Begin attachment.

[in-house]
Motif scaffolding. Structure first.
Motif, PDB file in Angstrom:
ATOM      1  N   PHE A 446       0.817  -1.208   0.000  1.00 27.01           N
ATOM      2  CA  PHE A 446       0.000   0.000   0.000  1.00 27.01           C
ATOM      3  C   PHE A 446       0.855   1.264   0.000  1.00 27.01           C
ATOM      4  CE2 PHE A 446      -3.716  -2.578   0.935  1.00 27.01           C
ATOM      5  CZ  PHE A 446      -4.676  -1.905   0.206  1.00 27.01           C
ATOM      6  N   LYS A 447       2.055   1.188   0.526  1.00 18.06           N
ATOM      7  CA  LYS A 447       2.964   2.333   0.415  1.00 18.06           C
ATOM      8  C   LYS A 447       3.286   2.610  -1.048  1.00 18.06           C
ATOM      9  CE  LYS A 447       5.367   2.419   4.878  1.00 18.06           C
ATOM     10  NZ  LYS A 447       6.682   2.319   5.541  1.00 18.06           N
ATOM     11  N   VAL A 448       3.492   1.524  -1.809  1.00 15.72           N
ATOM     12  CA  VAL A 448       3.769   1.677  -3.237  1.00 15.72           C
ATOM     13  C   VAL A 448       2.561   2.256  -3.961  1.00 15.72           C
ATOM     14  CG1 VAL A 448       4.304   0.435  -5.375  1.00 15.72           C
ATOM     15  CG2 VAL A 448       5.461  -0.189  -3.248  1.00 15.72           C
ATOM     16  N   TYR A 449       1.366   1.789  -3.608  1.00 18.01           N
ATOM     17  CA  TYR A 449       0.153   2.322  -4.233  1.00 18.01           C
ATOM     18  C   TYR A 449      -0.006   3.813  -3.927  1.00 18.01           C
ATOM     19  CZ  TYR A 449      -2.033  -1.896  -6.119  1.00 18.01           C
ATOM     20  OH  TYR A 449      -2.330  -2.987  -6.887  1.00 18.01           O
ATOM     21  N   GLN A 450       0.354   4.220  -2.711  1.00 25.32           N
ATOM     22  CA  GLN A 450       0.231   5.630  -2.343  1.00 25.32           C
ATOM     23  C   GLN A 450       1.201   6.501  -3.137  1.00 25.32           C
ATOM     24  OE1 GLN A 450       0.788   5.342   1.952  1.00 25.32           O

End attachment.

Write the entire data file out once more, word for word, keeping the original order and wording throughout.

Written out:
[in-house]
Motif scaffolding. Structure first.
Motif, PDB file in Angstrom:
ATOM      1  N   PHE A 446       0.817  -1.208   0.000  1.00 27.01           N
ATOM      2  CA  PHE A 446       0.000   0.000   0.000  1.00 27.01           C
ATOM      3  C   PHE A 446       0.855   1.264   0.000  1.00 27.01           C
ATOM      4  CE2 PHE A 446      -3.716  -2.578   0.935  1.00 27.01           C
ATOM      5  CZ  PHE A 446      -4.676  -1.905   0.206  1.00 27.01           C
ATOM      6  N   LYS A 447       2.055   1.188   0.526  1.00 18.06           N
ATOM      7  CA  LYS A 447       2.964   2.333   0.415  1.00 18.06           C
ATOM      8  C   LYS A 447       3.286   2.610  -1.048  1.00 18.06           C
ATOM      9  CE  LYS A 447       5.367   2.419   4.878  1.00 18.06           C
ATOM     10  NZ  LYS A 447       6.682   2.319   5.541  1.00 18.06           N
ATOM     11  N   VAL A 448       3.492   1.524  -1.809  1.00 15.72           N
ATOM     12  CA  VAL A 448       3.769   1.677  -3.237  1.00 15.72           C
ATOM     13  C   VAL A 448       2.561   2.256  -3.961  1.00 15.72           C
ATOM     14  CG1 VAL A 448       4.304   0.435  -5.375  1.00 15.72           C
ATOM     15  CG2 VAL A 448       5.461  -0.189  -3.248  1.00 15.72           C
ATOM     16  N   TYR A 449       1.366   1.789  -3.608  1.00 18.01           N
ATOM     17  CA  TYR A 449       0.153   2.322  -4.233  1.00 18.01           C
ATOM     18  C   TYR A 449      -0.006   3.813  -3.927  1.00 18.01           C
ATOM     19  CZ  TYR A 449      -2.033  -1.896  -6.119  1.00 18.01           C
ATOM     20  OH  TYR A 449      -2.330  -2.987  -6.887  1.00 18.01           O
ATOM     21  N   GLN A 450       0.354   4.220  -2.711  1.00 25.32           N
ATOM     22  CA  GLN A 450       0.231   5.630  -2.343  1.00 25.32           C
ATOM     23  C   GLN A 450       1.201   6.501  -3.137  1.00 25.32           C
ATOM     24  OE1 GLN A 450       0.788   5.342   1.952  1.00 25.32           O